Nathalie Van Raemdonck
| Nathalie Van Raemdonck |
|Alma mater||VUB, Free university of Amsterdam|
|Interests|| • conspiracy theories|
European Parliament special advisor on propaganda and internet censorship
Nathalie Van Raemdonck is an Associate Analyst at the The European Union Institute for Security Studies. Her expertise covers Cybersecurity, information warfare and its legal dimensions.
She holds a MsC in Political Science from the University of Brussels (VUB) and an LLM in international security from the Free university of Amsterdam (VU), plus a summer course at the Belgian Royal Military Academy. Prior to joining the EUISS, Van Raemdonck worked for the Centre for Cybersecurity Belgium, focusing on improving national capacity.
She is an analyst at The European Union Institute for Security Studies (EUISS) is the Union’s Agency analysing foreign, security and defence policy issues. Its core mission is to assist the EU and its member states in the implementation of the Common Foreign and Security Policy (CFSP), including the Common Security and Defence Policy (CSDP) as well as other external action of the Union.
As an analyst for implementation of the EU security policy, she has a direct input on the legal framework for union-wide censorship. Even though disguising it in cleverly formulated ambiguous phrases ('they make us do it'), she clearly advocates an increase censorship, justified with her concern for control over unpleasant (pro-rape) net communities, and her wish to stifle or marginalize any criticism of vaccines. Mirroring the official US narrative, including the militarization of language ("arming us" "Russia’s Information War") she also advocates or envisages a censorship of WikiLeaks and conspiracy theories:
Now that Putin is also successful with his information war abroad; the West has a problem. Freedom of expression is a core value in an open and free society. Unfortunately, this is also the Achilles heel of the West, and the Russians have made good use of it. Not even a long time ago, WikiLeaks was a climax of free information gathering, holding those in power accountable. In recent months, by distributing only information extracted from Russian hackers, Assange became an indirect spokesperson for Putin.
Obama and co. know that Putin played the game like that. But if they admit that there is a problem with the free flow of information, they must also exercise control over all information. You can only beat the Russians in the information war by putting a tighter control on the information in your own country. Exactly what Putin wants.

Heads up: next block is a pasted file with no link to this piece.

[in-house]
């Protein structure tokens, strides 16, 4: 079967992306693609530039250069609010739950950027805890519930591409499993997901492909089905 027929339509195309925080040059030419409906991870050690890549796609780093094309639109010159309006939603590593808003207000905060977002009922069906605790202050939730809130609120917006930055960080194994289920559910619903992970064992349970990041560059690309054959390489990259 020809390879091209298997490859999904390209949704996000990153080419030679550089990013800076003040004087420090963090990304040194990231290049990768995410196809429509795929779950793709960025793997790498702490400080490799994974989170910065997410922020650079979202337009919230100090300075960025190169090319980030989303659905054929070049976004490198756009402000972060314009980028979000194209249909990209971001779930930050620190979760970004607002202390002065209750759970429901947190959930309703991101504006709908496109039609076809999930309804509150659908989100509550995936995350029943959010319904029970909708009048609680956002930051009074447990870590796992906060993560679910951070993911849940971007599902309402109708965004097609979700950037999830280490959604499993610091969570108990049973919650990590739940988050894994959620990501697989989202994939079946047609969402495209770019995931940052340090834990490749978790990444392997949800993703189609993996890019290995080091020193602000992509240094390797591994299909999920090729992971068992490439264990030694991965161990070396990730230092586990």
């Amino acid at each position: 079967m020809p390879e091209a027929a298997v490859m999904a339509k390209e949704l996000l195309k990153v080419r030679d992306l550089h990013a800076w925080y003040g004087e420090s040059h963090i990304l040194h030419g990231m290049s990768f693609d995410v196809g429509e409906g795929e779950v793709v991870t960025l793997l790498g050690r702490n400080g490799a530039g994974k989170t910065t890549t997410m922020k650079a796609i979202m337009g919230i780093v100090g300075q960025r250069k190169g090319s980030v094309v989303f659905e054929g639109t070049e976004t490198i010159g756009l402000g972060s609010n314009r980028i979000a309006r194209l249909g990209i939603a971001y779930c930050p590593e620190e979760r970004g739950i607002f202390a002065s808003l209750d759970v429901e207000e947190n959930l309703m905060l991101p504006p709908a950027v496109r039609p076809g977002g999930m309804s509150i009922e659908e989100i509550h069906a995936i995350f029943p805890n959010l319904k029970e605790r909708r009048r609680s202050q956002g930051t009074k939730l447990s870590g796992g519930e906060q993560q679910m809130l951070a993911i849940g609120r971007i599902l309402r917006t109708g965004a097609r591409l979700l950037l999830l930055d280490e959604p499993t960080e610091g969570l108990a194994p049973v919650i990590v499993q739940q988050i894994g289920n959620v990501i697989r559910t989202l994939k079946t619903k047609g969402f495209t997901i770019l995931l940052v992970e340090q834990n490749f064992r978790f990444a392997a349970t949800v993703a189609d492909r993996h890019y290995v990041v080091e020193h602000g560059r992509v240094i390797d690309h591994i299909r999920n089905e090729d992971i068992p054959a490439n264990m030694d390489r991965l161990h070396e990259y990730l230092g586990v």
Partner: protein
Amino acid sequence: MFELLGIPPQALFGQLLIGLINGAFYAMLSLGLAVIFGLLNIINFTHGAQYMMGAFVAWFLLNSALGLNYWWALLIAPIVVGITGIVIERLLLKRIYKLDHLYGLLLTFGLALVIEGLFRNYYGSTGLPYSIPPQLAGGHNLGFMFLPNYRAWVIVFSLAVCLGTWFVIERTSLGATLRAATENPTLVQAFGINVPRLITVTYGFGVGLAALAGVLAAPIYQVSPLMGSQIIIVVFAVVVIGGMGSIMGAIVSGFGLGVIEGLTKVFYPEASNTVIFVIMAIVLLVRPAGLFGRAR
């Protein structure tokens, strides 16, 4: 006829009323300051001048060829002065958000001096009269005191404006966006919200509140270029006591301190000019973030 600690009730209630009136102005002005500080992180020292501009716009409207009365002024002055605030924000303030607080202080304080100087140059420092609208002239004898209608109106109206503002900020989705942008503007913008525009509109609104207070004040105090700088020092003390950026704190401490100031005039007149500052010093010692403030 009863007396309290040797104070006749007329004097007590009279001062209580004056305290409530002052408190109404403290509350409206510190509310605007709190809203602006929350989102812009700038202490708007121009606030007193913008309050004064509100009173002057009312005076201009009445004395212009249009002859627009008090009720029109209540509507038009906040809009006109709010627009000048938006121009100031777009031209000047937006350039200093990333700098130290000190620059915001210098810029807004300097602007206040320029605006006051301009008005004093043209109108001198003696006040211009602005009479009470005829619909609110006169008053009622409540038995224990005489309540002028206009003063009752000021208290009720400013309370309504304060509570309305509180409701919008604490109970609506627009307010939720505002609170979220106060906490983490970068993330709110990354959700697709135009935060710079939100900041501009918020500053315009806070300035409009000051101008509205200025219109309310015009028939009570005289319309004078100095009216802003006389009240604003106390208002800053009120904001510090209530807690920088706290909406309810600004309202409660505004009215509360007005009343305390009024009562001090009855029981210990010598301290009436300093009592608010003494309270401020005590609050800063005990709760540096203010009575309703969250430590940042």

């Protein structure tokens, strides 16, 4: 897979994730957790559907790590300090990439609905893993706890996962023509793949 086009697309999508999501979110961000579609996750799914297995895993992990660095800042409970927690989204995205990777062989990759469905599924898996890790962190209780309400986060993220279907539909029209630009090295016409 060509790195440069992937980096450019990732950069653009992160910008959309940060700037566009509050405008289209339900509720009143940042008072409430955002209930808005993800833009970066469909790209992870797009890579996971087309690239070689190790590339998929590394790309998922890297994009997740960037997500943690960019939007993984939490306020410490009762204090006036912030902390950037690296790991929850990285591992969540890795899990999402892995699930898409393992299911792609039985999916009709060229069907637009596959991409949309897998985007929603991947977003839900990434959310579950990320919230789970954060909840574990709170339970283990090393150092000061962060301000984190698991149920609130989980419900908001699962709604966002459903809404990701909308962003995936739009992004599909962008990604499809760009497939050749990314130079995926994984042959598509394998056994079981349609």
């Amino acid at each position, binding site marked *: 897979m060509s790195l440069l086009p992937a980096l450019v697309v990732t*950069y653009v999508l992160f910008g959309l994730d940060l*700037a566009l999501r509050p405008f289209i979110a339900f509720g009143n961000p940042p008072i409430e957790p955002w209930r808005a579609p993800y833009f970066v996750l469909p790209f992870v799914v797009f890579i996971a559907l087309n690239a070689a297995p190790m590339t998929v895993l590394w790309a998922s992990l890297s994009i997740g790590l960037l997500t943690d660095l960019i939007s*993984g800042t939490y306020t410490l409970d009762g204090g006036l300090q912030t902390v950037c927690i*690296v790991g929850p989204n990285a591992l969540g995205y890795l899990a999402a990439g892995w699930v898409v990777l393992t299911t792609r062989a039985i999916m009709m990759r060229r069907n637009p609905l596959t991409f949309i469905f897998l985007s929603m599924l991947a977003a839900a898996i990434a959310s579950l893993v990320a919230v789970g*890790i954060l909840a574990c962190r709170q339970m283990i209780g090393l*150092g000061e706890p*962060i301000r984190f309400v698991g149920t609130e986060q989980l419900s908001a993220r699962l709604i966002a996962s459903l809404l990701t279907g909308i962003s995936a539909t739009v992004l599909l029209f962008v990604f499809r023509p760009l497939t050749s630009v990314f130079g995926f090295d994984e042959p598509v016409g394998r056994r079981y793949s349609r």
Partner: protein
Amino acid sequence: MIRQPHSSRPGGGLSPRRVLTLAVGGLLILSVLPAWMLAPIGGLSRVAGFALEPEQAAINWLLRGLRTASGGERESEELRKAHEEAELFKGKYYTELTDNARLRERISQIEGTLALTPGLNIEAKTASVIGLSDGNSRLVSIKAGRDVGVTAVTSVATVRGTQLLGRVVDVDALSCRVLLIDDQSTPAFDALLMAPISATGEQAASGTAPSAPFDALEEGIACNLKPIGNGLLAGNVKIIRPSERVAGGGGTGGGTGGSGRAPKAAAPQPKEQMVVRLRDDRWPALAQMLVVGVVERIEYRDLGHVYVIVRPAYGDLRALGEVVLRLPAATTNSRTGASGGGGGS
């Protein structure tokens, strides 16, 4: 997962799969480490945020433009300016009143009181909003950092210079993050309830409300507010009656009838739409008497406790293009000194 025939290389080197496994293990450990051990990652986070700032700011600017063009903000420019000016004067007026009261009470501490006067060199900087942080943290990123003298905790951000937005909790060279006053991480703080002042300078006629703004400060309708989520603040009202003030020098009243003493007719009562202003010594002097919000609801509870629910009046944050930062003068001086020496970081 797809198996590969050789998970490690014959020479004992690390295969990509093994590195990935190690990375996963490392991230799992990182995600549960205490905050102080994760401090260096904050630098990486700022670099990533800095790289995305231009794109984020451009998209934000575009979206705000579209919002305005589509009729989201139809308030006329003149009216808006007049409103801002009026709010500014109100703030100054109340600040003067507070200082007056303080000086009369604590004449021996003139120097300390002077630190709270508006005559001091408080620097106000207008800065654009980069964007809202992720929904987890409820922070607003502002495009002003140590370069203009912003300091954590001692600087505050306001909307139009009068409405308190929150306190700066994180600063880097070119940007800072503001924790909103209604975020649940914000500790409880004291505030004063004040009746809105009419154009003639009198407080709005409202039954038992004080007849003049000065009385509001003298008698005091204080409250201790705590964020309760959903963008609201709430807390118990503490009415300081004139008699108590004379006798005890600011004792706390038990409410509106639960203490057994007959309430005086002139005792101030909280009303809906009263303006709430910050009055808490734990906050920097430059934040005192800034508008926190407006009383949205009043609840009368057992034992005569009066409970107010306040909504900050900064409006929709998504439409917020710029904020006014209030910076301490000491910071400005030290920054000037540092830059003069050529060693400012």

The West is already moving in that direction. Counternarratives against radicalisation, restricting hate speech and banning fake news: efforts are finally moving in that direction. And how can you be opposed to it, when you see what conspiracy theories are currently getting a stage?
The question on my mind is what direction my native Europe will take. Are there means of arming us against the next information war without having to give up our online freedoms? I do not believe in it, but I sincerely hope that I am wrong.
Or on banning online communities, still pushing censorship while in the same paragraph claiming it isn't the "solution":
Letting dark communities exist has consequences. This isn’t just about incels or reddit, it’s about the spread of ideas that can be toxic.
What should we do then? I’m still not sure banning or censorship is the solution to everything. I always thought people will just find the community or information somewhere else, and you’re basically ignoring the problem. I am however becoming more convinced that allowing a community to fester in its hatred out in the open is not healthy. Banning means the community gets pushed deeper into the web. While we lose oversight and transparency, the toxic ideas also become less accessible, are less normalized, and are harder to stumble upon. It reaches only the most extreme individuals in our society, instead of poisoning a whole generation.
- ↑ https://www.iss.europa.eu/author/nathalie-van-raemdonck
- ↑ https://web.archive.org/web/20190321035023/https://nathalievanraemdonck.com/2016/12/16/how-the-russians-really-hacked-the-2016-election/
- ↑ https://web.archive.org/web/20190321040443/https://nathalievanraemdonck.com/2017/12/30/radicalized-online-communities/